With millions of households struggling through the COVID-19 crisis, more people are starting to resort to payday loans. Taking out a loan in a time of financial crisis seems like a reasonable move — but payday loans in particular are harmful to borrowers, with some charging up to 615% interest during the pandemic. In this moment when Americans are stretched beyond their financial limits, employers are in a unique position to help. One of the ways companies are helping is by offering financial support to workers, so they can stay focused on their families and their jobs.
The unemployment rate for April is forecast to be over 16%, and the process for receiving unemployment benefits has proven to be difficult. That means that while lots of people may still have jobs to go to, nearly three-quarters of Americans are reporting that their households have reduced income.
Meanwhile, millions of Americans are still waiting on their stimulus checks, and 84% say that a single $1,200 check won’t be enough to cover everything they need for the duration of the lockdown. When you consider the fact that most people don’t have enough savings to make it through the pandemic, it becomes clear that there are millions of hardworking Americans who currently don’t have enough money for the basic necessities.
Payday lenders make their money off people who are struggling to make ends meet. Pew Trusts found that 12 million borrowers take out payday loans each year, with usage skewing stronger among lower-income Americans. Pew also found that 69% of borrowers took out a payday loan to cover a recurring expense, like utilities and food, while 16% needed the cash to deal with an unexpected car or medical expense. During COVID-19, that’s exactly what’s happening: Millions need help to pay bills, buy groceries, or get medical attention.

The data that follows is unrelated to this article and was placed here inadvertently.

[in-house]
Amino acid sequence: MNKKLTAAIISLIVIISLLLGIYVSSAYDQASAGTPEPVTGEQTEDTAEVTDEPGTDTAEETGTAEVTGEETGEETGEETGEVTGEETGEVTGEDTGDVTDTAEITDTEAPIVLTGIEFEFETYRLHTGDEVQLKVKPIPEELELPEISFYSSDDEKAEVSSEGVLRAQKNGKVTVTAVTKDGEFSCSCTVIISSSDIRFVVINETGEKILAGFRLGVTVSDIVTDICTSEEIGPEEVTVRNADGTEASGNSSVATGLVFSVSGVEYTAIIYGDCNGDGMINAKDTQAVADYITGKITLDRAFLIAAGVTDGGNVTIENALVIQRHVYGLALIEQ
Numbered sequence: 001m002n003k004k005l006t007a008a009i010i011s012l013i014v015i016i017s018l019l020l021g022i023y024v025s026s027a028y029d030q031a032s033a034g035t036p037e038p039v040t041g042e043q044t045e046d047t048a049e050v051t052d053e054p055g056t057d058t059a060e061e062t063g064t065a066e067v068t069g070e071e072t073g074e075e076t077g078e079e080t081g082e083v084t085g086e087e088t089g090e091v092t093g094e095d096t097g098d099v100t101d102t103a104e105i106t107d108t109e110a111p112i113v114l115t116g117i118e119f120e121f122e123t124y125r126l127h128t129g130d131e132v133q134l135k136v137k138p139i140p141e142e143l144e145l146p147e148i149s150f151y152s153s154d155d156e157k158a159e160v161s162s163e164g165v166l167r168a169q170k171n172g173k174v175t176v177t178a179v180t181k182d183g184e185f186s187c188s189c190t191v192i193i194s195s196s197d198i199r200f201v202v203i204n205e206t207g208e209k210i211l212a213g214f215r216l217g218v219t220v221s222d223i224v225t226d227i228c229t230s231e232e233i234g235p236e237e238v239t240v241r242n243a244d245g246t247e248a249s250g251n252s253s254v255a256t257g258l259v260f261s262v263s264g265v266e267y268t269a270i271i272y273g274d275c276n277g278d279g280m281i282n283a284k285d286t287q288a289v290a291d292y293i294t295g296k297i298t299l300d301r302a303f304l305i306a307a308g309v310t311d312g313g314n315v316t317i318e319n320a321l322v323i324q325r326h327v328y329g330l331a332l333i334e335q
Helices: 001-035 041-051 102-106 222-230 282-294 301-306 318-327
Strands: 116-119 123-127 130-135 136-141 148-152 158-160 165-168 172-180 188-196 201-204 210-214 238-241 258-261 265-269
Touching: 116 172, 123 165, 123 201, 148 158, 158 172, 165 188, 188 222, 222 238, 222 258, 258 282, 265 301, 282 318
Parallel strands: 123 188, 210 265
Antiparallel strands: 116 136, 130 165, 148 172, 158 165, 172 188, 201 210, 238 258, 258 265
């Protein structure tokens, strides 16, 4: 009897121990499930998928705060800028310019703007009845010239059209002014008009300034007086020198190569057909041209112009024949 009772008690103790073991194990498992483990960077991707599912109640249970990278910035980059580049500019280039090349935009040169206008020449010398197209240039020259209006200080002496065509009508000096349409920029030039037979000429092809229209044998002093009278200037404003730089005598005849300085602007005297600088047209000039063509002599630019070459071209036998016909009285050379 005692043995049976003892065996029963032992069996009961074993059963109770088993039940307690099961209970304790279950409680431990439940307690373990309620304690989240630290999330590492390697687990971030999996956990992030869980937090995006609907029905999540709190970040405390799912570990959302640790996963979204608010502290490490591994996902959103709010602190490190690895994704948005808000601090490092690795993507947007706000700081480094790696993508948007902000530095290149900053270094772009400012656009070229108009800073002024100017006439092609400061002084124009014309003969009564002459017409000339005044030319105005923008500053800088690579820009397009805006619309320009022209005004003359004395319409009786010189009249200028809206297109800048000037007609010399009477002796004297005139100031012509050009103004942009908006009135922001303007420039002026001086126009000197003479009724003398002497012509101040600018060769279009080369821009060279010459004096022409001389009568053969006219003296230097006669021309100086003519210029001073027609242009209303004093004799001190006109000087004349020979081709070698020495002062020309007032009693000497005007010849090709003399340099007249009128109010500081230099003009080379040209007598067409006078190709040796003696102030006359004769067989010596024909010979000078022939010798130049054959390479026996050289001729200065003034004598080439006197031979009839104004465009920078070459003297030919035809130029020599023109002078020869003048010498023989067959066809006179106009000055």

The problem is that payday loans can be nearly impossible to pay back, with over 80% of them rolling over or renewing due to the borrower’s inability to keep up. The result is fees — lots of fees. In fact, the average borrower ends up paying back $793 for a $325 loan. This is why the former director of the Consumer Financial Protection Bureau, Richard Cordray, refers to payday loans as “debt traps.”
At the most basic level, it benefits employers to help workers avoid stress. Financial stress in particular can cost businesses millions in the form of lost productivity, increased absenteeism, and higher turnover. It’s well documented that money is the biggest source of stress in America, and payday loans in particular are linked with increased stress and decreased health.
Employers can help employees combat this stress. Not only to see the benefits of stronger employee focus, attendance, and retention — but to let employees spend their time and attention on work, family, and building a better life.
This kind of help can come in many forms, ranging from increased wages to tools for building savings. Another way to help is to take stress and uncertainty off employees’ plates by giving them faster access to their own wages. Earned wage access (EWA) lets your employees buy groceries or pay for a repair before payday comes, without resorting to high-interest loans.
Earned wage access empowers employees to fix problems with their own resources, and stay focused on the things that matter. And Even’s solution helps your employees build a path towards financial security by building savings — making the need to access wages early in the first place a thing of the past. It’s why Walmart chose Even to help millions of associates build financial wellness, and access their wages early during COVID-19.
Research is already starting to show that prioritizing workers during COVID-19 will be the key to making it through to the other side. Some of the world’s biggest companies are answering the call to do better by their workers, and this is what employees will expect in a post-pandemic economy: an employer that shows it’s invested in employees having good lives, not just being good workers. Even is here to help organizations that are committed to strengthening bonds with employees. If you’d like to talk, just reach out.
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